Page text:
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Internal validity is a scientific concept that addresses the relationship between two variables. It refers to the extent that a study can rule out or make unlikely alternate explanations of the results.

Definition of Internal Validity

The purpose of conducting research is to arrive at valid and reliable conclusions about a variety of topics.

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We look at both the interactions between variables and how one variable impacts another variable. The dependent variable is the item that we plan to measure and change, while the independent variable is the intervention that we manipulate and that causes the change. For example, if we wanted to see if a certain medication promoted weight loss, the drug would be the independent variable, and the dependent variable would be the amount of weight loss achieved.Scientific research cannot conclude with absolute certainty that the independent variable caused the change in the dependent variable.

Internal validity is a scientific concept that addresses the relationship between two variables. It refers to the extent that a study can rule out or make unlikely alternate explanations of the results. Influences other than the independent variable that might explain the results of a study are called threats to internal validity.

Threats to Internal Validity

There are several threats to internal validity that may exist in an experiment.

History

History is a threat to internal validity; it refers to any event other than the independent variable that occurred in or out of the experiment that may account for the results of the experiment.

It refers to the effects of events common to subjects in their everyday lives. Events that occurred in the weather, in the news or in the subject’s personal lives could alter their performance in an experiment. In our weight loss example, the subject’s eating habits and activity level outside of the experiment could impact the amount of weight loss or gain.

Maturation

Changes over time could also result from processes within the subjects themselves. Maturation refers to those processes such as growing older, growing stronger and even growing tired and impatient.

Maturation will only be a problem if the design of the experiment does not identify and separate these effects. It is very common to see both history and maturation together, although it is not required.

Attrition

Attrition refers to the loss of subjects over time.

Some studies last days, weeks and even months, and not all subjects remain for the entire duration. When a subject quits, moves, drops out or is removed from the research, it is called attrition.

Testing

Testing refers to what happens to our test performance when we practice or take a test again.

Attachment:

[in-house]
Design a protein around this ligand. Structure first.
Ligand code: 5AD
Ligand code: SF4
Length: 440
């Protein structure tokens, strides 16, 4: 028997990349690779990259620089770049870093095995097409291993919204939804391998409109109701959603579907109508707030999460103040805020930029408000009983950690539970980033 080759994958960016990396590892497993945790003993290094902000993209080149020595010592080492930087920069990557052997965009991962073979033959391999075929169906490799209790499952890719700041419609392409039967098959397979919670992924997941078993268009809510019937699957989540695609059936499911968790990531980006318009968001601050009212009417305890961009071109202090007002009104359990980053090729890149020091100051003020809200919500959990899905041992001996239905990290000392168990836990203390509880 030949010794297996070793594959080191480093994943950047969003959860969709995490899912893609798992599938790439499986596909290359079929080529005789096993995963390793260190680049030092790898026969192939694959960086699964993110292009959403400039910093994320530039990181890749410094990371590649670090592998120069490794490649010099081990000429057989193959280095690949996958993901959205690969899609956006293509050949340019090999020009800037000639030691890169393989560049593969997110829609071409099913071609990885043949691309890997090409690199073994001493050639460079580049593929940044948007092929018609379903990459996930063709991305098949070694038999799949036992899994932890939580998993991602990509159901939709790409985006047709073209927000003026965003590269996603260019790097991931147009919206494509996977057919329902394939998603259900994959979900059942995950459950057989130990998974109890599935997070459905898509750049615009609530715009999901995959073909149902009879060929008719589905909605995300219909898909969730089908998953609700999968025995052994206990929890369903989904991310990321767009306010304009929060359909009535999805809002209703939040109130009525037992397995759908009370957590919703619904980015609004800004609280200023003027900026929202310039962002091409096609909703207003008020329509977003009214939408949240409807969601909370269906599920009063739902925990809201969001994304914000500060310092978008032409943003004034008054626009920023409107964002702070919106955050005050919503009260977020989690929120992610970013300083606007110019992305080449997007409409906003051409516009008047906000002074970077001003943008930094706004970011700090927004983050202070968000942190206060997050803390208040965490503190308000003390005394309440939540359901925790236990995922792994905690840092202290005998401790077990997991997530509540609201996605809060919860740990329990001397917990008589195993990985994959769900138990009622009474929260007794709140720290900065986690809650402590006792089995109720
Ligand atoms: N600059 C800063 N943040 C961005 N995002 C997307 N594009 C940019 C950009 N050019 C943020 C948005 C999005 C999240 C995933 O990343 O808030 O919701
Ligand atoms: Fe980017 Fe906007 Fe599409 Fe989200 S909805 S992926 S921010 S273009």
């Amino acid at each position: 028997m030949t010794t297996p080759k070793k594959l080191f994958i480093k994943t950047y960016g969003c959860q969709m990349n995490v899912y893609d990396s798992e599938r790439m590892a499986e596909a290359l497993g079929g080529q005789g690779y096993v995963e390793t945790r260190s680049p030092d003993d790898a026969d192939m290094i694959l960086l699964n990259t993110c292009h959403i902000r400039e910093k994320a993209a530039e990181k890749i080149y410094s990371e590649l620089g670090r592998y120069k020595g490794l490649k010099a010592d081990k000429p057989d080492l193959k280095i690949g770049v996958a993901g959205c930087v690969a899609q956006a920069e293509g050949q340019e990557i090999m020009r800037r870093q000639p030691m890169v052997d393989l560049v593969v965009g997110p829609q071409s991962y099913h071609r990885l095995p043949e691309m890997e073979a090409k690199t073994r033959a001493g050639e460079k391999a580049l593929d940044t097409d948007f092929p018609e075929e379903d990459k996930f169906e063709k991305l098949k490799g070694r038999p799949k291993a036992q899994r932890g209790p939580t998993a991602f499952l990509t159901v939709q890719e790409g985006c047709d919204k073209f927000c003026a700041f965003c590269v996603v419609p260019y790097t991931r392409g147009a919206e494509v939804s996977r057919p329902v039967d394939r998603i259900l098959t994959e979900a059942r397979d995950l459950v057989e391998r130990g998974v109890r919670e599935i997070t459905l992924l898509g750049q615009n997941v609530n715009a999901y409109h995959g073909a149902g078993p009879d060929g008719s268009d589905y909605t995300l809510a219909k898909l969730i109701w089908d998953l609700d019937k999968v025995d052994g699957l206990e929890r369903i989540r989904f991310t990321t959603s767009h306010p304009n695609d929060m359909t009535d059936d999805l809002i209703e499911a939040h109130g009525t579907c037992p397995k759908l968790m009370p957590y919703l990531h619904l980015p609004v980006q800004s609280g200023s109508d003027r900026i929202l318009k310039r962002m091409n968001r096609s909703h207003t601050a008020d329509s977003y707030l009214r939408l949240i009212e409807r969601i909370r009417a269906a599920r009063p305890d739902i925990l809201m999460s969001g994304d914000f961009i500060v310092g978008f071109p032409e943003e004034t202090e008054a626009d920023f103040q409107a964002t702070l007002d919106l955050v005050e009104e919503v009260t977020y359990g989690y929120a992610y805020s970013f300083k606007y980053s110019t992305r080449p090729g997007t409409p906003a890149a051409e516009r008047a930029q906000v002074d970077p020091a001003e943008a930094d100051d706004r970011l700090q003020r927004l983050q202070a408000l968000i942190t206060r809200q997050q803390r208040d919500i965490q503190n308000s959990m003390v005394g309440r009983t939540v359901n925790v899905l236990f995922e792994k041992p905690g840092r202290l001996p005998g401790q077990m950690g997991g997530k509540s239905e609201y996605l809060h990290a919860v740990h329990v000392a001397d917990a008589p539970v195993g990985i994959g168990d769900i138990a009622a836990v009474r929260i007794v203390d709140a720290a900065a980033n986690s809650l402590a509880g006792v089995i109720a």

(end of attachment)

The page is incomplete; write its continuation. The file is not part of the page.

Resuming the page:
Familiarity with the test could influence the performance on the second testing. Changes in the final scores may be a result of repeated testing.

Instrumentation

Instrumentation simply refers to the actual changes in the measuring procedures or the measuring device, rather than any changes in the person over time. This is one of the key reasons that we use standardized and formal testing procedures when conducting any type of assessment.

Statistical Regression

Statistical regression refers to the tendency for extreme scores to revert or regress toward the mean (or average) of a distribution when a measure is readministered. For example, if an event occurs during the day just before or just after the hour, one could forecast that the event will next occur on the hour in the future.

Selection Biases

Selection biases refer to the differences between groups that are identified before any experiment begins. This is one of the most obvious threats to internal validity because any time you are looking at preexisting groups or intact groups, they may differ from one another in a number of ways. To deal with this threat, we use randomization and deliberately assign or exclude subjects based on specific variables, such as age, gender, ethnicity, etc.

Diffusion of Treatment

Diffusion of treatment occurs when the intervention given to one group may accidentally or inadvertently be given to all or some subjects in another group, usually the control group that was not supposed to receive any intervention at all.

Using our weight loss example again, if the control group is watching the news on television and overhears that increasing caffeine intake could assist with weight loss, the control group may engage in that behavior as well, and similar results may be achieved.

Lesson Summary

In an experiment, the dependent variable is the item that we plan to measure and change, while the independent variable is the intervention that we manipulate and that causes the change. Internal validity is a scientific concept that addresses the relationship between two variables. It refers to the extent that a study can rule out or make unlikely alternate explanations of the results.Influences other than the independent variable that might explain the results of a study are called threats to internal validity. Threats to internal validity include history, maturation, attrition, testing, instrumentation, statistical regression, selection bias and diffusion of treatment.

Learning Outcomes

Once this lesson ends, you could seize the opportunity to pursue these objectives:

  • Differentiate between the dependent and independent variables in a study
  • Define internal validity
  • List eight threats to internal validity

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